For the record, I’ve got some slightly conflicting research on my site regarding the origin of plastic in the US. Specifically, SPID 1, 2, and 4. In the US, these plastics are made from natural gas in 70% of cases. As the price of oil increases, the percentage made from LNG is likely to increase.
As part of my research, I contacted a major bag manufacturer in addition to the normal internet research.
The end message is the same – the plastic is bad, and we need to stop using it. But I’m trying to get our stories straight, so we can argue more effectively for our cause.
Thank you for your time,
Hi Beth, Thank you so much for your dedicated work on the Brita filter issue. I was also wondering if it is “greener” to use Brita instead of bottled water (we used to drink it all day long). My family drinks about a gallon a day! I guess there are other options we should look at. Also, I was wondering what is the best way to store water for emergencies (that earthquake scared the crap outta me!). Thx! JenK
Your voice is such an informed, sincere voice – it is a clarion call. How appropriate that more will get to hear you face to face. I envy them.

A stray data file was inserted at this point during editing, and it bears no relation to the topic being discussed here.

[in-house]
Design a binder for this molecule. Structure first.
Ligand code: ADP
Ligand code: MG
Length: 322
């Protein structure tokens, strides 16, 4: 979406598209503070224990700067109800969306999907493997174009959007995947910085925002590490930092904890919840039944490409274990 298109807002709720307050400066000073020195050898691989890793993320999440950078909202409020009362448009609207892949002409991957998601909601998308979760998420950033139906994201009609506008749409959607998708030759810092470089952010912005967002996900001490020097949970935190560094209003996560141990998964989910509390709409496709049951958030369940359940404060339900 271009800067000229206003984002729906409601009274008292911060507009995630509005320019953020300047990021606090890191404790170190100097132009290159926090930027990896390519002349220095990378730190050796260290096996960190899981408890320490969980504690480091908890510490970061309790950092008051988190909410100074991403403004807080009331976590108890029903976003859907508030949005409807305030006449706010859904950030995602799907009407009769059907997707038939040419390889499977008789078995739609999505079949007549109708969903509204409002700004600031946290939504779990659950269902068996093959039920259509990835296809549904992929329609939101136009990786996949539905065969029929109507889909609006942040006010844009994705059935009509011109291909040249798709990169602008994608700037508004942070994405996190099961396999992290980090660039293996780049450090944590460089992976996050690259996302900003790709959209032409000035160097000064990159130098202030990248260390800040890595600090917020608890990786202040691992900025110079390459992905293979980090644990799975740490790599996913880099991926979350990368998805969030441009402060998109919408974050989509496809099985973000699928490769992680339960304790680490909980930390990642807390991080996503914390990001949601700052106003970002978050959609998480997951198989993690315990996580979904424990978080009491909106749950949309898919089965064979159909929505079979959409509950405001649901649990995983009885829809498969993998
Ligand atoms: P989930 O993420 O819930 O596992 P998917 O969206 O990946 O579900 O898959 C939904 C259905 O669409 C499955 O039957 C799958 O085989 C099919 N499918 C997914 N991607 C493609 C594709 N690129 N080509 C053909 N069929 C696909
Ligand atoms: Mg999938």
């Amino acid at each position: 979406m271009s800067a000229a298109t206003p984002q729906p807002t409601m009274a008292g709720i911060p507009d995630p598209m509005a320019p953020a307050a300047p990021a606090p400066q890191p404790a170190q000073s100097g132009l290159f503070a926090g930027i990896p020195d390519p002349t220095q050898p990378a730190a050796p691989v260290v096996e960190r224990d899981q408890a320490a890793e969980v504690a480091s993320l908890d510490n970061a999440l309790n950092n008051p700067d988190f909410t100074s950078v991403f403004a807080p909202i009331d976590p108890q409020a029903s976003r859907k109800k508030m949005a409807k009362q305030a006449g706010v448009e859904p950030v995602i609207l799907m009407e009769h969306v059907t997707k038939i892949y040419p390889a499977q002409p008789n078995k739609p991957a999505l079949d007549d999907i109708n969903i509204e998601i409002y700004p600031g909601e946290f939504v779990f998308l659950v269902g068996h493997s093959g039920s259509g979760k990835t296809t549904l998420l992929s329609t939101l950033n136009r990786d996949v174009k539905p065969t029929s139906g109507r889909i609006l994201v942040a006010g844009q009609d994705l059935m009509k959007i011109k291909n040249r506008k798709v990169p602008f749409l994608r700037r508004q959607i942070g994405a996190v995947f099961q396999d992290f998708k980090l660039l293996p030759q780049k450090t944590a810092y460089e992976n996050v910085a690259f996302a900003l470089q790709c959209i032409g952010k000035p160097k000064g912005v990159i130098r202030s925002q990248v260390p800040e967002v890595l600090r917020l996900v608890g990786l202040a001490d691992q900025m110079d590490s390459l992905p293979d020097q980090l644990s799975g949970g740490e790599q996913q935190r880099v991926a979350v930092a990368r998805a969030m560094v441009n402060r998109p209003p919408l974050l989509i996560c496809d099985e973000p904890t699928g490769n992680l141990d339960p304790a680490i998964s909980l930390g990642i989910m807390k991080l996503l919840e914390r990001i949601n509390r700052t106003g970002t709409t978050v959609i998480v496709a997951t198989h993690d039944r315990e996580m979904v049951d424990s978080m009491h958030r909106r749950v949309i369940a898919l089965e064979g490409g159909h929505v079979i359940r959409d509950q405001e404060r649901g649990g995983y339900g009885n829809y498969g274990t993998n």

I found this post a real aid in understanding this connection. As I high praise I will say, I could copy it and send it to my 84 year old mother and know she’d understand. She’s my guage. So, thanks.
Beth, I am happy to report that on Monday I sent off two filters to the Take Back the Filter address. I have decided against using Brita in my home. I have reverse osmosis vending machines a half mile away. I pay $.25 a gallon, but I feel it is cheaper than Brita and far less resource use / waste.
Wow. I’m so proud? inspired? awed? something. You are kicking ass and taking names with your TBTF campaign! You go, girl!
I agree with Rob- you'll be GREAT!
I looked at the Low Carbon Diet site – I used the calculator. I even went to PG&E to calculate my Kwh 4500 and Therms – 50-60/year – that will change once I get a gas heater and can stop using space heaters. I am usually around 160 Kwh per month, except when I run the space heater, and then it goes up to like 600-975 Kwh for 3-4 months.
I ranked a "9" on their scale – the garbage I put out is less than 2 gallons/week — I usually empty my kitchen trash about every 4 weeks since it is just non recyclable plastic. Everything else is composted or recycled, making my landfill use about 1 gallon/week (including cat poop).
So… other than getting the landlord to put in more insulation (over my bedroom, please!) – what else can I do to get to be a "10"?
Am seriously considering a solar oven after my brother helps with the solar dehydrator. ;)
Personally, I cannot think of a better mouthpiece than you beth. You know your topic and you know whats expected. So sally forth, fakeplastic fish- swim on